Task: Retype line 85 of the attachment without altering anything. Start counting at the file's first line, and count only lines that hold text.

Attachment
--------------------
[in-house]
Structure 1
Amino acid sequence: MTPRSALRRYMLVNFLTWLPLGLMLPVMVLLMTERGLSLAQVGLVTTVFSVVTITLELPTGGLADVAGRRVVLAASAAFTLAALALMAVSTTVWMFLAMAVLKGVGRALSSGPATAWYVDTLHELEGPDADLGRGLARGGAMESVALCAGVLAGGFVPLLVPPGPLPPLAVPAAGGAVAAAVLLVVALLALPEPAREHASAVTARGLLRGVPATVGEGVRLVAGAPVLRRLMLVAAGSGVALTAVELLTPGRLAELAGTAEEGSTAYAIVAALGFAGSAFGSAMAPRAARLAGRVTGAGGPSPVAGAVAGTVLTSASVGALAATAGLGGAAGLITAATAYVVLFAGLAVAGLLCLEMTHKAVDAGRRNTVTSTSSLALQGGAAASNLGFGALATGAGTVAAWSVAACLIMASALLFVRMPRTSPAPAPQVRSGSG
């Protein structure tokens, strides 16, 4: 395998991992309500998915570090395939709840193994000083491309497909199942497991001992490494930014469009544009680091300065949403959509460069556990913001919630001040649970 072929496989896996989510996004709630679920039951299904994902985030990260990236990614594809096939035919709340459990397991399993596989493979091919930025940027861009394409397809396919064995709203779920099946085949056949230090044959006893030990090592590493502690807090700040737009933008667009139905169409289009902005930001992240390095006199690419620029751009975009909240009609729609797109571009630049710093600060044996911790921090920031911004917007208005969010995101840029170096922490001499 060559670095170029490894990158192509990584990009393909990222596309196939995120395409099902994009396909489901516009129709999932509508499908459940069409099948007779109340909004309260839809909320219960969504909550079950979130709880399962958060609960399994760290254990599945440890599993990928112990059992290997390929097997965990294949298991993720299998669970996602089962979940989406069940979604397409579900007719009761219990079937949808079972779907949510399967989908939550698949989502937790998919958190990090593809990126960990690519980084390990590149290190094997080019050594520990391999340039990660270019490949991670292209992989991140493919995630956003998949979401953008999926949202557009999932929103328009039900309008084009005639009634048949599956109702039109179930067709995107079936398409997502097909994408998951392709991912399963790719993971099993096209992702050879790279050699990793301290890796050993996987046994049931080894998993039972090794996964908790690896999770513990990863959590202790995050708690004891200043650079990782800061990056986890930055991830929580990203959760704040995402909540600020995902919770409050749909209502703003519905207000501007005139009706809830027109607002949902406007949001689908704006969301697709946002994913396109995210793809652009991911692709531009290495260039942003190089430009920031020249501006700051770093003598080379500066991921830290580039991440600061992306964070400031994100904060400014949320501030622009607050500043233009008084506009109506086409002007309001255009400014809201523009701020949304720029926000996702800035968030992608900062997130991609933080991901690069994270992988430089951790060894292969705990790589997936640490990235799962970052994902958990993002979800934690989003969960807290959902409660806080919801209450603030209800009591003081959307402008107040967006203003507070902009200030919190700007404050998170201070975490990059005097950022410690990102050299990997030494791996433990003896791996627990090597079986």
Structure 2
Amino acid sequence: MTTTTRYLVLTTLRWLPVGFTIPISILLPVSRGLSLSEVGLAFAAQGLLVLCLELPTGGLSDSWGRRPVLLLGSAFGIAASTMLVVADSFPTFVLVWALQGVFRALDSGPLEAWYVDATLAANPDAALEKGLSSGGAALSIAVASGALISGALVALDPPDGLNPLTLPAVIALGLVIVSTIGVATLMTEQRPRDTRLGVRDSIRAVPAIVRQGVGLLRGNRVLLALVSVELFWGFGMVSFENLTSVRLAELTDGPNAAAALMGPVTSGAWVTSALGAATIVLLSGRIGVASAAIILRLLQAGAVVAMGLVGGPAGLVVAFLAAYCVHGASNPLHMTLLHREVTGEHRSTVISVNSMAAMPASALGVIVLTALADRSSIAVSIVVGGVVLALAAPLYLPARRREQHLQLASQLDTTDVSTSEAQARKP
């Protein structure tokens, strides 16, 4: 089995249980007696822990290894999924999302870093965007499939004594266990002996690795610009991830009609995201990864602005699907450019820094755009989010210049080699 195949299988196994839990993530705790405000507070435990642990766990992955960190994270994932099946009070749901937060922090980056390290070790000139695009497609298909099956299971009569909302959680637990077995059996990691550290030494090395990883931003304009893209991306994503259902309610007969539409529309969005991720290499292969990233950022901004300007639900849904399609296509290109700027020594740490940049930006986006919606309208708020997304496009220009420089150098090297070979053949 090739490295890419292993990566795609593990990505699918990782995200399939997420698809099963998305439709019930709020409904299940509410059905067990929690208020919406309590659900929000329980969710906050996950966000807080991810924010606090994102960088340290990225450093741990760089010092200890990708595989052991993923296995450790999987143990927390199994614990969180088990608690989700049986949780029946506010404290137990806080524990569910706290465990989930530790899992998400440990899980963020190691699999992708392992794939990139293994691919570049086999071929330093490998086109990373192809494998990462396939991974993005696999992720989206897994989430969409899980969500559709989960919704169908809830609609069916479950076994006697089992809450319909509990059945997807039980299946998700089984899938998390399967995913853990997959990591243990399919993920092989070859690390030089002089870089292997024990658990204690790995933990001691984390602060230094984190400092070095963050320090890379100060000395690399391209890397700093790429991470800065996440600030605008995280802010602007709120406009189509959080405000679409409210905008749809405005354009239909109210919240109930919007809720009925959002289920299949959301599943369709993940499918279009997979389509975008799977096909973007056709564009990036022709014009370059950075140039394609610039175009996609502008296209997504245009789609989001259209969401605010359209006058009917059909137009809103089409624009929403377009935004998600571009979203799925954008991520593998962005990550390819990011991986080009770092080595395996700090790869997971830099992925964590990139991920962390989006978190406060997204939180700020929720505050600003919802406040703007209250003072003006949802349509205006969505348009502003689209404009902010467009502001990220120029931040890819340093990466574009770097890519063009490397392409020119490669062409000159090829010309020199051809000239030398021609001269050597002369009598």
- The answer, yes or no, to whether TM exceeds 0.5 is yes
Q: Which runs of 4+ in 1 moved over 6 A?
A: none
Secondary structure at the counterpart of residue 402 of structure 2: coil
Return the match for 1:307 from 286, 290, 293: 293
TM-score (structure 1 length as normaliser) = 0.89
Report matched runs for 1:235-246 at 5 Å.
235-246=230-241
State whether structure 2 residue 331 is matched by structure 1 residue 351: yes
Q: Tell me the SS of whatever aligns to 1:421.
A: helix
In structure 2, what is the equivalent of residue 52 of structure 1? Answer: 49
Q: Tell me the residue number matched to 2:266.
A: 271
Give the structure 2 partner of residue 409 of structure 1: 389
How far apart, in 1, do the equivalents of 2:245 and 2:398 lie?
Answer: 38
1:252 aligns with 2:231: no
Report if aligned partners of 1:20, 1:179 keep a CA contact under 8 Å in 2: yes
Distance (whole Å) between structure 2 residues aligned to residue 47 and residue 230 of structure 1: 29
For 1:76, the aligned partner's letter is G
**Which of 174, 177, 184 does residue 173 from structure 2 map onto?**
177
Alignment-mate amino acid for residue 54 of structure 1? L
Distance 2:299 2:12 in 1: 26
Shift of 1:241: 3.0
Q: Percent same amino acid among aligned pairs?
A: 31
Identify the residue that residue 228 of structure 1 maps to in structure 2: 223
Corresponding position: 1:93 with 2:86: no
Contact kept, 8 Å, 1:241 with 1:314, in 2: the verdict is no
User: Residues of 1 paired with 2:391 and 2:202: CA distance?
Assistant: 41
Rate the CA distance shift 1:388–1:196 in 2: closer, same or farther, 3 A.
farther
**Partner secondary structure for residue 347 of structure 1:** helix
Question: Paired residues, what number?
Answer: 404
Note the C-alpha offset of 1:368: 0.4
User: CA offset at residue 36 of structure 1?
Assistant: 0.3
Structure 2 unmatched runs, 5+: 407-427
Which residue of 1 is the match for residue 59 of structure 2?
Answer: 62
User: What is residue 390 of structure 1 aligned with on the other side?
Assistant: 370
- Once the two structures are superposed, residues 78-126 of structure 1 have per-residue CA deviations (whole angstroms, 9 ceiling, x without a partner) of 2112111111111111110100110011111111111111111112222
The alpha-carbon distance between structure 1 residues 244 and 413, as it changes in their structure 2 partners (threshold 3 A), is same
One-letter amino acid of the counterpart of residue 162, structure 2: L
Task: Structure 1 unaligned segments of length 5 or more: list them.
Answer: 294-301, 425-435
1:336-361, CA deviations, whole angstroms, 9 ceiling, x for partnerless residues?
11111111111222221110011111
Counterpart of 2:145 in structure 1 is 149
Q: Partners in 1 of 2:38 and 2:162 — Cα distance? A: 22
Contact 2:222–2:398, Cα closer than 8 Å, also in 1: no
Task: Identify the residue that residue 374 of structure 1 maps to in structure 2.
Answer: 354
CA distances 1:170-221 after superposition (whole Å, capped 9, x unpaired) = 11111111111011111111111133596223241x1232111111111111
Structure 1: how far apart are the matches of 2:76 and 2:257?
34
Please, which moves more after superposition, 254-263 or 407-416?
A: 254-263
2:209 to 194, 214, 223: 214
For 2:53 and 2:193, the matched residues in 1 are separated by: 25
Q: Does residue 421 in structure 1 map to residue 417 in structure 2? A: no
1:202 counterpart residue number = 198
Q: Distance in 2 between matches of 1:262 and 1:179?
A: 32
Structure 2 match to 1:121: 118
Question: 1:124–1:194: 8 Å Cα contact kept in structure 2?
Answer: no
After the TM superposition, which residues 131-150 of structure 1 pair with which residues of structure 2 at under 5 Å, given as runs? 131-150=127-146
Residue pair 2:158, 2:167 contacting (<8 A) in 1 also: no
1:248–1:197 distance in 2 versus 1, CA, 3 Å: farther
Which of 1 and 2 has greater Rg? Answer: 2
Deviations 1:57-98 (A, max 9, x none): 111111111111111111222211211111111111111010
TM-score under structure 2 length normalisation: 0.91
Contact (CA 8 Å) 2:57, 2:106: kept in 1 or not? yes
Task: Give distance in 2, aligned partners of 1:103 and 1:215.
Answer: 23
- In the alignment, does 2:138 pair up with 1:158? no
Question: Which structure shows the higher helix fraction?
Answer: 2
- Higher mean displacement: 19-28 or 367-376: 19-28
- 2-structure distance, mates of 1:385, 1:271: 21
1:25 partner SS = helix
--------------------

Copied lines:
TM-score under structure 2 length normalisation: 0.91